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services,28 though this may not be applicable to Hong Kong where there is still possibly greater resistance to going outside the family for therapeutic support in a time of crisis.  Researchers conclude that the consequences for children of divorce are more likely to be influenced by their gender, age, parent-child relationship and social class, than by the fact that the parents have divorced per se.29  Pre-adolescent boys show more distress than girls30 while adolescent girls are more affected than boys.

1.25Younger children are more vulnerable to negative consequences than older children.  This may be because younger children are more likely than older children to blame their own behaviour for their parent’s divorce.31

1.26Benjamin and Irving suggested32 from their analysis of the research literature that a child’s adjustment to divorce is dependent on a number of interacting processes:

(a)the reciprocal adjustment of the custodial parent and the child living with her or him;

(b)the quality of the relationship between the custodial parent and the child;

(c)gender congruence between the custodial parent and the child; and

(d)the degree of involvement of the non-custodial parent.

1.27Their disturbing conclusion is that “under the intense stress of the divorcing process, a substantial proportion of previously adequate parents become increasingly insensitive to the children’s needs33 or completely abandon their parenting responsibilities34 with devastating consequences for child adjustment”.35

1.28The older research literature supported the belief that the more bitter and prolonged the conflict was between the parents, the more damage there was done to child adjustment.36  Kelly suggested that conflict does not produce a consistent outcome in children.  Difficulties with adjustment are more likely where children feel caught in the middle of the conflict as distinct from those who are not so involved.37  Hodges found that high parental conflict can undermine or disrupt the relationship between the non-custodial parent and the children.38  Conversely, a friendly parental relationship positively influences child adjustment and self esteem.39  The research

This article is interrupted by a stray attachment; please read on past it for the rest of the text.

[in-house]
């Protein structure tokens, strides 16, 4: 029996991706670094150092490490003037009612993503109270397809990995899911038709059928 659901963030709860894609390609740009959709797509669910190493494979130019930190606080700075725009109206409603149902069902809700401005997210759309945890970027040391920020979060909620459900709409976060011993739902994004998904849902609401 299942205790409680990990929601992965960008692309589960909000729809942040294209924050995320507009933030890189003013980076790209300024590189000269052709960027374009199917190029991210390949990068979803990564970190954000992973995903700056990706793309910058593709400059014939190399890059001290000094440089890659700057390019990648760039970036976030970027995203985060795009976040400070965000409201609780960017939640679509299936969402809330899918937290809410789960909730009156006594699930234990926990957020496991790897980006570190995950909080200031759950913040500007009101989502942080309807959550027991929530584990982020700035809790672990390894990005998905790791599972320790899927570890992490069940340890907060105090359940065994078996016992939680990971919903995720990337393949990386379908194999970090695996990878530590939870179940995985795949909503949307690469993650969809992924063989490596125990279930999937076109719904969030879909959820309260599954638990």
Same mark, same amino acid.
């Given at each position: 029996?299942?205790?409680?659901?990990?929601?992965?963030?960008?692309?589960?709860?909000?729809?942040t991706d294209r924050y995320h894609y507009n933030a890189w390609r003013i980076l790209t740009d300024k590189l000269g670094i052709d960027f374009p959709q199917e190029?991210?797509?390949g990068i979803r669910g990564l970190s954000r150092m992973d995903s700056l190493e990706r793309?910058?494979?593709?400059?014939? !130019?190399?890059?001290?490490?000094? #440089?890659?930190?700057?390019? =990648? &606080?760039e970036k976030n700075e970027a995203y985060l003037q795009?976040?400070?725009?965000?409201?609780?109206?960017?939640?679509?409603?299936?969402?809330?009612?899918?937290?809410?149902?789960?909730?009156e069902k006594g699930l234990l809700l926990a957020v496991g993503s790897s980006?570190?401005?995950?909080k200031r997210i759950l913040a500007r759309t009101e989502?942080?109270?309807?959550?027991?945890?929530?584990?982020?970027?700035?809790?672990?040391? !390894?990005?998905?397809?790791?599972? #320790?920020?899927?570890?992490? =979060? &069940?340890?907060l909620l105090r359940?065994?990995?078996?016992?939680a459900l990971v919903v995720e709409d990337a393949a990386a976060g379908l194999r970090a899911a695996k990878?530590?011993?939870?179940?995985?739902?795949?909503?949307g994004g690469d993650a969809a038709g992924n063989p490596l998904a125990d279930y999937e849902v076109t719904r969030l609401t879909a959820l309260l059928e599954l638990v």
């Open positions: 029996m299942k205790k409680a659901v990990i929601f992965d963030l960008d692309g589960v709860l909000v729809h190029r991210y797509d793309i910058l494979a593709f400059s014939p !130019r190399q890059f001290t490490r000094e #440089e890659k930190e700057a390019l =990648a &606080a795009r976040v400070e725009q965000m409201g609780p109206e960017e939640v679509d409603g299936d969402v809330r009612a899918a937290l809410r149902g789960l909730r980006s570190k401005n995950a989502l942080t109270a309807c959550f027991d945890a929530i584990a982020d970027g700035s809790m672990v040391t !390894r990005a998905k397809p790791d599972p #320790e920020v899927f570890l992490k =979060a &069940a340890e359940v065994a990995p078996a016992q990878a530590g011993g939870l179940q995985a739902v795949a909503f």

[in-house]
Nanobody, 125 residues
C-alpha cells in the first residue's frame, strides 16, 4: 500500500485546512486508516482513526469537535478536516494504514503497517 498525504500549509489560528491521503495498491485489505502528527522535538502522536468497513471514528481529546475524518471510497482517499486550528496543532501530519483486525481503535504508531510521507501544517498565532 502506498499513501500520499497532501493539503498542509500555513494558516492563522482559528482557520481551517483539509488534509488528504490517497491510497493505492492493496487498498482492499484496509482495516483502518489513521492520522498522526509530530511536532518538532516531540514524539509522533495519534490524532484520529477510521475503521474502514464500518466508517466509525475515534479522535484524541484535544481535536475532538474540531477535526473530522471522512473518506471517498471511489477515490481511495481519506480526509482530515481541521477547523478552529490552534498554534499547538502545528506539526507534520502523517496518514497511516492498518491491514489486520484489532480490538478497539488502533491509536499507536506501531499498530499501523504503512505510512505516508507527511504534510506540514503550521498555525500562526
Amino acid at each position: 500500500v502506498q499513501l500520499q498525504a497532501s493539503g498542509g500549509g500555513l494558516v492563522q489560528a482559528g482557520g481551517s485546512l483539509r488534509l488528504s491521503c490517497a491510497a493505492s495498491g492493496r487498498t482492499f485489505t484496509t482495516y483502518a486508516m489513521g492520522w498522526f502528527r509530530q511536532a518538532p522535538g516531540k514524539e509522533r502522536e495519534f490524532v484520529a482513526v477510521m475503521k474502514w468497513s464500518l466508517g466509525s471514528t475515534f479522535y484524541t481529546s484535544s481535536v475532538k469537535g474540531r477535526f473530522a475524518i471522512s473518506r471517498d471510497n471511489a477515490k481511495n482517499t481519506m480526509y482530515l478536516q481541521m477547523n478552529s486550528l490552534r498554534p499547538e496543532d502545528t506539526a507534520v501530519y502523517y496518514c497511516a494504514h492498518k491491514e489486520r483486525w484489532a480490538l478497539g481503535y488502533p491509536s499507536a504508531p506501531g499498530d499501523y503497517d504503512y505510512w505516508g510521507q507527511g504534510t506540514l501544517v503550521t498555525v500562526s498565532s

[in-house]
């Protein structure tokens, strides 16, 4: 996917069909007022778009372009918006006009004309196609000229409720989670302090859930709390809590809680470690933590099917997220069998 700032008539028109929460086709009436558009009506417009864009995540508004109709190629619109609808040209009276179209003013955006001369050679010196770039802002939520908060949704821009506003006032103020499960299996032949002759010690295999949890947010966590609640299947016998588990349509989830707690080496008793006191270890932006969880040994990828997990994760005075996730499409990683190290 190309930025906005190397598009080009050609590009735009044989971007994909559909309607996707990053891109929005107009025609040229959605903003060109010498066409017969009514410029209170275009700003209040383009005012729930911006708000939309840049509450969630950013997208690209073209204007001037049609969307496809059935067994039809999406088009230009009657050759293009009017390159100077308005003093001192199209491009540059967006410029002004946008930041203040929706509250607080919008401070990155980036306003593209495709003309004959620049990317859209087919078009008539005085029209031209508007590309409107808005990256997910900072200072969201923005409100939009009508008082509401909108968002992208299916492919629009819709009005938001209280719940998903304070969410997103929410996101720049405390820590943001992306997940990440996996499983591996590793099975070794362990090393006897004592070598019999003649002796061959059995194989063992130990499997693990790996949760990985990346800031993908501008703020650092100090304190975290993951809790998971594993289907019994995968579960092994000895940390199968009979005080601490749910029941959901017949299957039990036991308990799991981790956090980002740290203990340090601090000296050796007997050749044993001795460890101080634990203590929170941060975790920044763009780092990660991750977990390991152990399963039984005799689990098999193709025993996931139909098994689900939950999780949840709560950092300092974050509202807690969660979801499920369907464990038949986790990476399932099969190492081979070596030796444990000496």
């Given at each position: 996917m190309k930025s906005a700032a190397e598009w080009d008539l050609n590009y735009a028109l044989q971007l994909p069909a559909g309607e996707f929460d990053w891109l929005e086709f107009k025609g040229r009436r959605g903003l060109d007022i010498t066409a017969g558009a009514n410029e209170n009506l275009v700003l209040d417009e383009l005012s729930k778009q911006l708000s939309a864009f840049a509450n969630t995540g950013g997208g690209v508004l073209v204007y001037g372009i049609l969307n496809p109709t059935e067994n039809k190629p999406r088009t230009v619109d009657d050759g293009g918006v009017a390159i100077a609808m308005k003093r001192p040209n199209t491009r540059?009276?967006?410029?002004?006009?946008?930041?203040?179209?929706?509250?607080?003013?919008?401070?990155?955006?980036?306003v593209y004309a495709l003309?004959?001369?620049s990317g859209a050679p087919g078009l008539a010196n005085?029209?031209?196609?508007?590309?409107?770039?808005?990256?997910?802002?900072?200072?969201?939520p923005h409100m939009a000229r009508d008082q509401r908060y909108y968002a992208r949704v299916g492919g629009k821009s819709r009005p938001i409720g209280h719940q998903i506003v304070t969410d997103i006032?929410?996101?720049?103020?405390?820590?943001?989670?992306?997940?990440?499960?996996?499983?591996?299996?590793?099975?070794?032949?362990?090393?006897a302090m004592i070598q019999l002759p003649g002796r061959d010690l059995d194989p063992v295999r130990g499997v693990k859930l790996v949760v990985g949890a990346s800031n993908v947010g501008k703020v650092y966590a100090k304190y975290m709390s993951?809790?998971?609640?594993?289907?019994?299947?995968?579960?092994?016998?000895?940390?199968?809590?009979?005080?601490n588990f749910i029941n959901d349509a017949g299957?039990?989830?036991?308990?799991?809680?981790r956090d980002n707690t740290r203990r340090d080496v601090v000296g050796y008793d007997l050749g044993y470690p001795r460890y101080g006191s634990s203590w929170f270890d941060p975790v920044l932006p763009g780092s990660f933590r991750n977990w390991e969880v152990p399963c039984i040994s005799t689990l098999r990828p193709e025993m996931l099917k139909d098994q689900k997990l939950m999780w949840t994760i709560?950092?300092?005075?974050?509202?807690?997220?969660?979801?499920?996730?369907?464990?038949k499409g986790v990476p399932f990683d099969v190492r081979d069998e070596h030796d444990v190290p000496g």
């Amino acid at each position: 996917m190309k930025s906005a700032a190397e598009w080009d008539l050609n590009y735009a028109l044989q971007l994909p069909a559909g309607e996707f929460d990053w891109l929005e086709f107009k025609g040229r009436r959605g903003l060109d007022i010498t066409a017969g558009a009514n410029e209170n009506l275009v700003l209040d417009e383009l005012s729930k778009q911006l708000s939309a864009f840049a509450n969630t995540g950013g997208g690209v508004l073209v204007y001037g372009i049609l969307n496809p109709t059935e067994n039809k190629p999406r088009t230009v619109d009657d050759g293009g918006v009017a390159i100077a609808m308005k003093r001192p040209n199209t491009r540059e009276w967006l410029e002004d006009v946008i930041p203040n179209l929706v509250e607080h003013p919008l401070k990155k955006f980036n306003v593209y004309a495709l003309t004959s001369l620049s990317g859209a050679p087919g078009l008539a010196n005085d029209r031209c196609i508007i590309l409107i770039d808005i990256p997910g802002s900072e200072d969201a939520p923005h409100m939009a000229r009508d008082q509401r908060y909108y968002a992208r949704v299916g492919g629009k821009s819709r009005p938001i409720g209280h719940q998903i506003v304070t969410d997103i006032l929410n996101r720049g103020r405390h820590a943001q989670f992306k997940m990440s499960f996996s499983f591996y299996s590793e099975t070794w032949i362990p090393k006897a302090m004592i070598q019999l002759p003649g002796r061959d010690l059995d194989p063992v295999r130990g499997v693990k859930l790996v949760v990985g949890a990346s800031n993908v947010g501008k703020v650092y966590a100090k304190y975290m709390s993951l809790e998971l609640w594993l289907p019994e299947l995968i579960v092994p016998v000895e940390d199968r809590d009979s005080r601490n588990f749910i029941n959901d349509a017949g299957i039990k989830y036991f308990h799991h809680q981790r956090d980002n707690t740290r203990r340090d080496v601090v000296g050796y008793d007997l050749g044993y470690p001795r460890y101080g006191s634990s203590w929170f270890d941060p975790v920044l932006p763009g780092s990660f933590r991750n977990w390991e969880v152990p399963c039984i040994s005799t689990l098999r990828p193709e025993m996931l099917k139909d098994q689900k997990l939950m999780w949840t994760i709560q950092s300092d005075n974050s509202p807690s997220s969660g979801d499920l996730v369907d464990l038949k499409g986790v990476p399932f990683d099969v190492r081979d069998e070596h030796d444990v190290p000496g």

28 Dawson, “Family structure and children’s health and well-being; Data from the 1988 National Health Interview Survey of Child Health,” Journal of Marriage and the Family, (1991), 53, 573-584.

29 Irving and Benjamin, Family Mediation - Contemporary Issues (1995), at 61.

30 Plunkett, Schaefer, Kalter, Okla & Schrier, “Perceptions of quality of life following divorce; a study of children’s prognostic thinking,” Psychiatry, 49, (1986) 1-12.

31 Grynch and Fincham, “Marital conflict and children’s adjustment; A cognitive-contextual framework”, Psychological Bulletin, (1990), 108, 267-290.

32 Supra at 63.

33 Appel, America’s changing families; A guide for educators (1985).

34 Isaacs et al, (1986) supra.

35 Irving and  Benjamin, supra at 64.

36 Booth et al, “The impact of parental divorce on courtship”, Journal of Marriage and the Family, (1984), 65(4), 85-94.  Irving and  Benjamin, supra at  67.

37“Current research on children’s postdivorce adjustment; No simple answers”, Family & Conciliation Courts Review, (1993), 31(1), 29-49, Irving and  Benjamin, supra at  68.

38 “Problems of visitation post divorce” in Witlin & Hinds (eds) The child custody handbook,  quoted by Irving and Benjamin.

39 Ambert, “Relationship between ex-spouses; Individual and dyadic perspectives”, Journal of Social & Personal Relations, 5, (1988), 327-346

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